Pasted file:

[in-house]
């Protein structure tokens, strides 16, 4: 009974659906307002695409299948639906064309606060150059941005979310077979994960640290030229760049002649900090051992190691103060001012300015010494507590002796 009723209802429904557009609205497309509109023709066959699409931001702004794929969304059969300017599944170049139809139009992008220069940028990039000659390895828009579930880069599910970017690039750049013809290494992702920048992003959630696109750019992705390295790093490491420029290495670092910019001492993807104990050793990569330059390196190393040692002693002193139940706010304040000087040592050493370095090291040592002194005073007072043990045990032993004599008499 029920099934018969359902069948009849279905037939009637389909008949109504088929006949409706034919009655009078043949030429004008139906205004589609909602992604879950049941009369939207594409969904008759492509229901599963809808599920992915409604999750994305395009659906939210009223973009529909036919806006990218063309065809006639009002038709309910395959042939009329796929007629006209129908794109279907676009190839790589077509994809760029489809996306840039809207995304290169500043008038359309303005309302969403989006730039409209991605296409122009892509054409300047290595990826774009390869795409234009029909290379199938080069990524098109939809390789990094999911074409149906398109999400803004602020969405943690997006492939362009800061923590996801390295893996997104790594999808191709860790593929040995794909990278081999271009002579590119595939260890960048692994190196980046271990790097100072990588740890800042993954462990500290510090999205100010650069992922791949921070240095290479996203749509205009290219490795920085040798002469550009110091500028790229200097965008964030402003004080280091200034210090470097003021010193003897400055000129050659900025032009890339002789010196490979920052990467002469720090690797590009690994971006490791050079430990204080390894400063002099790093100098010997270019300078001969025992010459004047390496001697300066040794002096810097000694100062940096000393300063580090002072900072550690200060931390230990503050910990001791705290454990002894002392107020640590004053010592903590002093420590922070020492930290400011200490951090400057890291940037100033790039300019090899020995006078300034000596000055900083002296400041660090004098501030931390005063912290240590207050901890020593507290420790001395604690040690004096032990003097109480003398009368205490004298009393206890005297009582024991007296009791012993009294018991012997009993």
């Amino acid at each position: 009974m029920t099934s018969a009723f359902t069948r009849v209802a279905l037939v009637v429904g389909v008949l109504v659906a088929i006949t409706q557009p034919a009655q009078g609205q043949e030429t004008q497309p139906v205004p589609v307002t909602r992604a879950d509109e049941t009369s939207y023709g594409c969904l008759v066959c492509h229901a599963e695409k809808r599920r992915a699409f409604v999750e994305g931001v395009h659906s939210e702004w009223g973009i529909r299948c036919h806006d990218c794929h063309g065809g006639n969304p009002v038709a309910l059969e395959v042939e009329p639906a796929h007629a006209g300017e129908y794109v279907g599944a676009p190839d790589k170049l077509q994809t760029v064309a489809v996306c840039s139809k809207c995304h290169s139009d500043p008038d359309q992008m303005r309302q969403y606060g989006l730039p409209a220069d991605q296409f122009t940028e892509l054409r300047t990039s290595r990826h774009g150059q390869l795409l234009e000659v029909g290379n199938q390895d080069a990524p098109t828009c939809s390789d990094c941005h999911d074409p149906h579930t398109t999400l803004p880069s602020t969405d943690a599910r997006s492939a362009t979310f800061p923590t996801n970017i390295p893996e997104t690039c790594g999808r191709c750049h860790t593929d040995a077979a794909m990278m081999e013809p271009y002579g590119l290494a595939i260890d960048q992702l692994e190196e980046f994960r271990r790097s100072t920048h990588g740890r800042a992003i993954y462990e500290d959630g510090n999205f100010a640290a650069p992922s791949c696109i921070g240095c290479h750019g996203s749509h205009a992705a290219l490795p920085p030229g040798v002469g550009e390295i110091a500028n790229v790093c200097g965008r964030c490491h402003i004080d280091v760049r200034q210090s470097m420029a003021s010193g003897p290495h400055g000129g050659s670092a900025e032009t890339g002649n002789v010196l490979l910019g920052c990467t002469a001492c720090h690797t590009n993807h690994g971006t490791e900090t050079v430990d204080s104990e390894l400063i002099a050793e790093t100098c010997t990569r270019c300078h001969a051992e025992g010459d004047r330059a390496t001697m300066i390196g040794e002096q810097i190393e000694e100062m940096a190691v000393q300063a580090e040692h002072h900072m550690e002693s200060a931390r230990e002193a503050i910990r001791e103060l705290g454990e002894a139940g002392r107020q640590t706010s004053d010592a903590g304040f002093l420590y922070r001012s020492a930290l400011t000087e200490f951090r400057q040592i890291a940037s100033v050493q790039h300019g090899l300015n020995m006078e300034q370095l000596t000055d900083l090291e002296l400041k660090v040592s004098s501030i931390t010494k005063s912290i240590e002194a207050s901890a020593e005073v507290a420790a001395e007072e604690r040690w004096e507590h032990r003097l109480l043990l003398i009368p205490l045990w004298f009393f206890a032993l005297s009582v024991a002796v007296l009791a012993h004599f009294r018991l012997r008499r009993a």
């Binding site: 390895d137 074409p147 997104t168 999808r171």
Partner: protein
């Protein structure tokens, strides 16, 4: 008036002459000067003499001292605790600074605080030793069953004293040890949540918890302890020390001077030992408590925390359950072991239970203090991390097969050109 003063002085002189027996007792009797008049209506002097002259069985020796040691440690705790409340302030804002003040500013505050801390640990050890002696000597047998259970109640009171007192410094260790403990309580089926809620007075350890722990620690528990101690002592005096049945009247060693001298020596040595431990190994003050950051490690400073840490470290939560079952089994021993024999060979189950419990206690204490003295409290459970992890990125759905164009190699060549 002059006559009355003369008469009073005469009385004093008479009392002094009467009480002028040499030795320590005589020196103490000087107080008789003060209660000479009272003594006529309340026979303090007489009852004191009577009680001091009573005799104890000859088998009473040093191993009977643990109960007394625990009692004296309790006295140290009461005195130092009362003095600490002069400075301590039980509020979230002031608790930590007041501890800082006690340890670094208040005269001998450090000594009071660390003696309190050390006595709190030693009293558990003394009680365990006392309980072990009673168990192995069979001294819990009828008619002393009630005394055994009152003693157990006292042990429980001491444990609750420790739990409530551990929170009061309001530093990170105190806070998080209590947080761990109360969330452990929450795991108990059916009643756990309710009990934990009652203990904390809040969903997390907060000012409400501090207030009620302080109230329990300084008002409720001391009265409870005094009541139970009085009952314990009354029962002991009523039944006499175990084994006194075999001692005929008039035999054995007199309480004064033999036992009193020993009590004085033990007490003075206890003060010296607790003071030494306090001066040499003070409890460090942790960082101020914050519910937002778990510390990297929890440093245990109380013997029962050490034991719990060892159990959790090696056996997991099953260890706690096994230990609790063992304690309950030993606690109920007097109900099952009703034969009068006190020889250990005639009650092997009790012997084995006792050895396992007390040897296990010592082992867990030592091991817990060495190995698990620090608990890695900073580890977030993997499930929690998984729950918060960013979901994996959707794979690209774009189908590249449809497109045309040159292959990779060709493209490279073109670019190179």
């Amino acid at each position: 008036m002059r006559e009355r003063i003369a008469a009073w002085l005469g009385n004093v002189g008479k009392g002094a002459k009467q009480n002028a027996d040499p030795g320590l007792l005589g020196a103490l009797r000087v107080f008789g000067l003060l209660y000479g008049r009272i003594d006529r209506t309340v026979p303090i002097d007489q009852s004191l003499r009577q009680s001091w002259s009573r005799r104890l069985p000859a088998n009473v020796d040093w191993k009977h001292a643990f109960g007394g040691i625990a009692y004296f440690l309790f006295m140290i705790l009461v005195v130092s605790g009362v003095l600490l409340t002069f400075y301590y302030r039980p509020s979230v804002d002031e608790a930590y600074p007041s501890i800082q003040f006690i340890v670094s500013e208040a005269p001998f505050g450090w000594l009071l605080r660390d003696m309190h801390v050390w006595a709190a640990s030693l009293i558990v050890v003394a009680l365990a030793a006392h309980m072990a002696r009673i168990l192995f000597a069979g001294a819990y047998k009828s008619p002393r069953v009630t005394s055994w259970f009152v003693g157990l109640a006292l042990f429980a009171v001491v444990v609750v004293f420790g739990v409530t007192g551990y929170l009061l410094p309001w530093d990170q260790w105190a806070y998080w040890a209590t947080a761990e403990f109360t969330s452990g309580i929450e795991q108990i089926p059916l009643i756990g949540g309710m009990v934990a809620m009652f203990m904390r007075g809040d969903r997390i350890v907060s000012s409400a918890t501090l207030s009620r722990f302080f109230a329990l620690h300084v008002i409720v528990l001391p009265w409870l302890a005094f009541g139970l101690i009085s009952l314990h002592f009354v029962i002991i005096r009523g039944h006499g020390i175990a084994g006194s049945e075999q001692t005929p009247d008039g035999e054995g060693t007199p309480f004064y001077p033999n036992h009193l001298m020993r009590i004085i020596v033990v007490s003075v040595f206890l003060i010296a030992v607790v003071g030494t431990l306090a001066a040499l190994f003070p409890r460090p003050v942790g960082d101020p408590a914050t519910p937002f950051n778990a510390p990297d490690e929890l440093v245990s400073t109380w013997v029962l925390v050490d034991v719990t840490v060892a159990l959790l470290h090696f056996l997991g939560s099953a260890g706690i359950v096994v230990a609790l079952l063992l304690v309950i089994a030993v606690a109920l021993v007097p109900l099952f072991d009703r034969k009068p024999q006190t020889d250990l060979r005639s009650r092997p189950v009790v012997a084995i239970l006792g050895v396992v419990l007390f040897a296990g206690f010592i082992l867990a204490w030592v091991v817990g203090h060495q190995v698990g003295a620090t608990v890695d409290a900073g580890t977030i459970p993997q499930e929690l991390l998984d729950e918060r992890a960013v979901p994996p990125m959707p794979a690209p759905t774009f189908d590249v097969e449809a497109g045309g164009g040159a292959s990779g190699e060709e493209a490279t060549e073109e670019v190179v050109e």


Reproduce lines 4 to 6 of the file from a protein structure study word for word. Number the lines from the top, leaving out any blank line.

């Binding site: 390895d137 074409p147 997104t168 999808r171």
Partner: protein
């Protein structure tokens, strides 16, 4: 008036002459000067003499001292605790600074605080030793069953004293040890949540918890302890020390001077030992408590925390359950072991239970203090991390097969050109 003063002085002189027996007792009797008049209506002097002259069985020796040691440690705790409340302030804002003040500013505050801390640990050890002696000597047998259970109640009171007192410094260790403990309580089926809620007075350890722990620690528990101690002592005096049945009247060693001298020596040595431990190994003050950051490690400073840490470290939560079952089994021993024999060979189950419990206690204490003295409290459970992890990125759905164009190699060549 002059006559009355003369008469009073005469009385004093008479009392002094009467009480002028040499030795320590005589020196103490000087107080008789003060209660000479009272003594006529309340026979303090007489009852004191009577009680001091009573005799104890000859088998009473040093191993009977643990109960007394625990009692004296309790006295140290009461005195130092009362003095600490002069400075301590039980509020979230002031608790930590007041501890800082006690340890670094208040005269001998450090000594009071660390003696309190050390006595709190030693009293558990003394009680365990006392309980072990009673168990192995069979001294819990009828008619002393009630005394055994009152003693157990006292042990429980001491444990609750420790739990409530551990929170009061309001530093990170105190806070998080209590947080761990109360969330452990929450795991108990059916009643756990309710009990934990009652203990904390809040969903997390907060000012409400501090207030009620302080109230329990300084008002409720001391009265409870005094009541139970009085009952314990009354029962002991009523039944006499175990084994006194075999001692005929008039035999054995007199309480004064033999036992009193020993009590004085033990007490003075206890003060010296607790003071030494306090001066040499003070409890460090942790960082101020914050519910937002778990510390990297929890440093245990109380013997029962050490034991719990060892159990959790090696056996997991099953260890706690096994230990609790063992304690309950030993606690109920007097109900099952009703034969009068006190020889250990005639009650092997009790012997084995006792050895396992007390040897296990010592082992867990030592091991817990060495190995698990620090608990890695900073580890977030993997499930929690998984729950918060960013979901994996959707794979690209774009189908590249449809497109045309040159292959990779060709493209490279073109670019190179």